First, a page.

Let’s Cook with Sophie Egan: 5 Easy Ways to Waste Less Food at Home
- by Guest
We’re inviting some of our trusted nonprofit partners, Star Chefs, and sustainability-focused authors to take over the Bon Appétit blog and share their best tips, recipes, and fun links. This week’s guest curator is Sophie Egan, author of the new book How to Be a Conscious Eater: Making Food Choices That Are Good for You, Others, and the Planet and founder of Full Table Solutions.
Staggering fact #1: If food waste were a country, it would be the third largest emitter after the U.S. and China.
Staggering fact #2: In the U.S., an estimated 40% of food is wasted.
Staggering fact #3: This massive food waste happens at the same time that more than 40 million Americans go hungry.
Much of the wasted food in the U.S. occurs at the household level, so in the spirit of making every day #StopFoodWasteDay — an initiative led by Compass Group — here are my top five ways to waste less food at home.
They’re drawn from my new book, How to Be a Conscious Eater: Making Food Choices That Are Good for You, Others, and the Planet (Workman, 2020). To me, conscious eating isn’t a diet or a fad, but rather, it’s using these three lenses as a mental checklist to evaluate which producers, farmers, companies, and restaurants are worthy of your food budget. Conscious eating is the lifelong intention to align your food choices with your values — voting not only with your vote but with your grocery basket, in order to support the things you care most about, from animal welfare and fair wages for food chain workers to your own nutrition and the preservation of .Earth’s natural resources for generations to come. In short, the book provides bottom-line answers to your most top-of-mind questions about what to eat. Spoiler alert: one of the most satisfying examples of good for you, others, and the planet? Wasting less food.
- Always use a shopping list. Making a list before grocery shopping is obvious, simple, and highly effective. Yet surprisingly few people use one. Those who do are less likely to succumb to impulse buys. (In the current grocery climate, an old-fashioned post-it note is likely your safest bet for said list, since the less you touch your phone while at the store, the better.) Also, before you check out at the register, take a moment to review every item in your cart and make sure you have a plan for using each one.
- Of all the things not to waste, red meat is the most important. Not all food waste has the same impact on the planet. Tossing an uneaten hamburger wastes the water equivalent of taking a 90-minute shower. For a tomato, it’s more like four or five minutes. So, in terms of lowering your carbon and water footprints — especially if eating less red meat feels like a tough lifestyle adjustment — not wasting the red meat you do purchase is a great place to start. What counts as “red” meat? Meat from mammals, which in the United States is usually beef, pork, and lamb. Common examples of things not to waste range from burgers you grill in the backyard to a supermarket deli sandwich you bring home to a broccoli beef stir-fry from your take-out order.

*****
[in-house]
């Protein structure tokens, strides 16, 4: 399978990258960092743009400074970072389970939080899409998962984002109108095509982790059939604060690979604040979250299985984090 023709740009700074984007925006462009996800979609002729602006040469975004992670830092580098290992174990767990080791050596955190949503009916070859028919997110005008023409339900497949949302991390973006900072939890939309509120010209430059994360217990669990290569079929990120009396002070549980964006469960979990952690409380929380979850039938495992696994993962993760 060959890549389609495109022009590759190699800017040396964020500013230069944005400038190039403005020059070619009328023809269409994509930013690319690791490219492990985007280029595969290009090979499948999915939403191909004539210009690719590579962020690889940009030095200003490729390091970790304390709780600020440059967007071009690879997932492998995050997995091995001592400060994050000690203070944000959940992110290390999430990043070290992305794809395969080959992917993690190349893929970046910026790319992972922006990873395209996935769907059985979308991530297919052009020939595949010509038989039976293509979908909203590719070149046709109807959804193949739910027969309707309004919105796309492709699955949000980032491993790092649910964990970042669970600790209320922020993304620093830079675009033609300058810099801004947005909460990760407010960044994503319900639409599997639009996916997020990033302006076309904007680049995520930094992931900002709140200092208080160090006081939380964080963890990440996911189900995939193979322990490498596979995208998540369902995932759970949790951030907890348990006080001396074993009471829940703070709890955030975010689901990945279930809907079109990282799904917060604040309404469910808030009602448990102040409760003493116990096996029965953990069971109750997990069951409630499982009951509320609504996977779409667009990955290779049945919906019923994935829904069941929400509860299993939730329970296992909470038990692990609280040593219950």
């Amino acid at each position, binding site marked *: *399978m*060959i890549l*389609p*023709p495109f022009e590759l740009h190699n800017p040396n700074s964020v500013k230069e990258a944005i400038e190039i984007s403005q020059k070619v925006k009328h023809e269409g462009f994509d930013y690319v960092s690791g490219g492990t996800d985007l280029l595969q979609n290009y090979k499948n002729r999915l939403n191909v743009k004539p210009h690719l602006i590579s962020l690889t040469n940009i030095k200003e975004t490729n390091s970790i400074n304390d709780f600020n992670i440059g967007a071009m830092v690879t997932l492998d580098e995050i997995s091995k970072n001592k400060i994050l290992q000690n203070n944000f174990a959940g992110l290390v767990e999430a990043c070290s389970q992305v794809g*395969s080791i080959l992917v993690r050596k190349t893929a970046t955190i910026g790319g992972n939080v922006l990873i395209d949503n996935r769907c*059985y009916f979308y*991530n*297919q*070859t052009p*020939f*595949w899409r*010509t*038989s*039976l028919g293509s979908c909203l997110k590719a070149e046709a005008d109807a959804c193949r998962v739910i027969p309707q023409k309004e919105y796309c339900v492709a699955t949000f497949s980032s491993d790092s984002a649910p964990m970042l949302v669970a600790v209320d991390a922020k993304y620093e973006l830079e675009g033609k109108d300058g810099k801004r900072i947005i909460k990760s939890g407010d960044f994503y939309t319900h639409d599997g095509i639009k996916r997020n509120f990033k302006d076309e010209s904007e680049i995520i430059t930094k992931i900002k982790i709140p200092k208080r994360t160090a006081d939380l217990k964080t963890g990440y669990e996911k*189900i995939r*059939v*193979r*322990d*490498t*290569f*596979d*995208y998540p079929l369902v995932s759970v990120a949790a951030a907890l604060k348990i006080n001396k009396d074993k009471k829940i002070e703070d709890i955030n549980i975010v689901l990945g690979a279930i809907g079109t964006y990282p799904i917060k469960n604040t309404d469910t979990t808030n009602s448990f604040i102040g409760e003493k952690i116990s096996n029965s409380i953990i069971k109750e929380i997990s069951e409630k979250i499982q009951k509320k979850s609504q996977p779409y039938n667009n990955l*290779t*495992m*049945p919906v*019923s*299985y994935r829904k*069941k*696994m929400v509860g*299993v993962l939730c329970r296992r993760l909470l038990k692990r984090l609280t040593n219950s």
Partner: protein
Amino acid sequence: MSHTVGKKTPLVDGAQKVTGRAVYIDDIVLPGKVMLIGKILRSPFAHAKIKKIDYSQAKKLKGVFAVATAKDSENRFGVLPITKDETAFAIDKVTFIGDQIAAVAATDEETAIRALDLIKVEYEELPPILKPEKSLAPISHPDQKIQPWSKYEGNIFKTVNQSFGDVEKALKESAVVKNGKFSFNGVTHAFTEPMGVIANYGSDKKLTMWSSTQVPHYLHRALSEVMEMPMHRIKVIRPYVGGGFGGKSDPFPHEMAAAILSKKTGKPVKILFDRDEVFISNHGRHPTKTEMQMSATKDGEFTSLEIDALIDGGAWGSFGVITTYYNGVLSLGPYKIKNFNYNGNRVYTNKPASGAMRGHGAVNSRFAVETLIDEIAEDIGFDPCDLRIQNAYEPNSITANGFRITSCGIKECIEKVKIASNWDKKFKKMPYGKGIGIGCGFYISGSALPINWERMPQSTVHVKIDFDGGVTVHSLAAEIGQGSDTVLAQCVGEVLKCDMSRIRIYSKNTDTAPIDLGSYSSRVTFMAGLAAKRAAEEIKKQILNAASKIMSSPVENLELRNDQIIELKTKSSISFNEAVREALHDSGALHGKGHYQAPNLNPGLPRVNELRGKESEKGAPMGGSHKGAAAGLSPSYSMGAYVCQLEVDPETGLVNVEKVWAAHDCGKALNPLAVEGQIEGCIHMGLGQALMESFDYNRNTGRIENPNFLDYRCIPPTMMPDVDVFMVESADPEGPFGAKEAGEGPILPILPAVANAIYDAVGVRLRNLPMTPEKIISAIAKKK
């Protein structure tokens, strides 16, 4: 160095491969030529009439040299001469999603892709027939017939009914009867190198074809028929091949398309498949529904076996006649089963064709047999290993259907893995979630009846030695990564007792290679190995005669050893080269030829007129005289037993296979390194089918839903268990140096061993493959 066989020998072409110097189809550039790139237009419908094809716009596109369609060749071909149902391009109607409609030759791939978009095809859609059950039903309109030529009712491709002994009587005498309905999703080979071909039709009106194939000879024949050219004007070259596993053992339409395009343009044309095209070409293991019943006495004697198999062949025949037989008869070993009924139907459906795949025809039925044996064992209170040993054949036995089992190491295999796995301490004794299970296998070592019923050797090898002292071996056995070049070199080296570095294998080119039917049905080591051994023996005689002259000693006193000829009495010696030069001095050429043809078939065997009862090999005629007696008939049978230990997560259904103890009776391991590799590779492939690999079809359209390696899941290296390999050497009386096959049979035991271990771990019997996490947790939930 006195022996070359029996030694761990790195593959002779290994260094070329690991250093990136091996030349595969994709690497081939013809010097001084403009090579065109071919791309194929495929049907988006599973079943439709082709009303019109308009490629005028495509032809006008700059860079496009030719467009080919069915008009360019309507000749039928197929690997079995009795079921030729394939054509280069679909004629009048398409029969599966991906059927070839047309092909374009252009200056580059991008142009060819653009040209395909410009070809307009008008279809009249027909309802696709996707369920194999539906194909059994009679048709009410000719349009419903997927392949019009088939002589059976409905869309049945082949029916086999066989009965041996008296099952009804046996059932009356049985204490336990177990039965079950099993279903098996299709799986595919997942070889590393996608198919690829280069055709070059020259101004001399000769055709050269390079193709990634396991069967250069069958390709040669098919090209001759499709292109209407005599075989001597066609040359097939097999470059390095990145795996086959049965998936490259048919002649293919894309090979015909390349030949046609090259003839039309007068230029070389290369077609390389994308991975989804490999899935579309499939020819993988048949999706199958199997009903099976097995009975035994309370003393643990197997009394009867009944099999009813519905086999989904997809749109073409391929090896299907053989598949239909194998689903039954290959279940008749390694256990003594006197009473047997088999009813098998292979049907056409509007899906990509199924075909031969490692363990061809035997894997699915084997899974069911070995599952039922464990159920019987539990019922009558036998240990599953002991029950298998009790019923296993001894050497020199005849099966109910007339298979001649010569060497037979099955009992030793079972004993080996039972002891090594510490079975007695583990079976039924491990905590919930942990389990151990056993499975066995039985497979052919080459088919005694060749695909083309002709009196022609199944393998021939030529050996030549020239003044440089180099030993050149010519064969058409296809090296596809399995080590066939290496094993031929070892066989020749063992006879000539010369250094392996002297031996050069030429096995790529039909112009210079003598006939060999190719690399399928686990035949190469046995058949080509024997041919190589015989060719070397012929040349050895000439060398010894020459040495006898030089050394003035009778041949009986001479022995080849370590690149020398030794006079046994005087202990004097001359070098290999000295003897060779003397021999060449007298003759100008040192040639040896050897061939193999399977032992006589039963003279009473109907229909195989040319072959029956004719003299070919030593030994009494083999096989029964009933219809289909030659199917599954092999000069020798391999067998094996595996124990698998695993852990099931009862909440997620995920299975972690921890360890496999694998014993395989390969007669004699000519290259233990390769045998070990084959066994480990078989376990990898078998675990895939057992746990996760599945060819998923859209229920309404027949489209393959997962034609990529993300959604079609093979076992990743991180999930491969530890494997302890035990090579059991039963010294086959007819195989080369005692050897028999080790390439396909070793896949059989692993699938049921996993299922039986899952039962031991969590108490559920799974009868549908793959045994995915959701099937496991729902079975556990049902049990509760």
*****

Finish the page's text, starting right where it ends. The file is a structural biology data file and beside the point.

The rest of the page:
- Love your leftovers. Like produce, leftovers are one of the most commonly wasted types of food. This is one of several examples of how reducing food waste at home actually starts away from home: As restaurants begin to re-open and you’re tempted to order all the favorite dishes you’ve missed, think twice before you order, aiming for no leftovers. If you have any, eat or freeze them within four days. Designate a section of the refrigerator as “eat this first.” Use certain days of the week to focus on your leftovers — Stir-Fry Fridays, say, or Waste-Less Wednesdays.
- Make food visible. Fruits and vegetables are usually wasted because they spoil or get moldy. Make sure they don’t get pushed to the back of the fridge or buried in the crisper, or get dusty in a bowl on the table. Keep them where you’ll see them, and keep them looking ready to eat.
- Pop it in the freezer. It turns out, you can freeze just about anything, including bread (best if you slice it), cheese (best if you shred it), and even milk and eggs (best if you scramble them raw out of their shells first).
Bonus tip: Soups like The Kitchn’s Creamy Chicken Tortellini Soup are a great way to use things you might otherwise toss, like Parmesan rinds.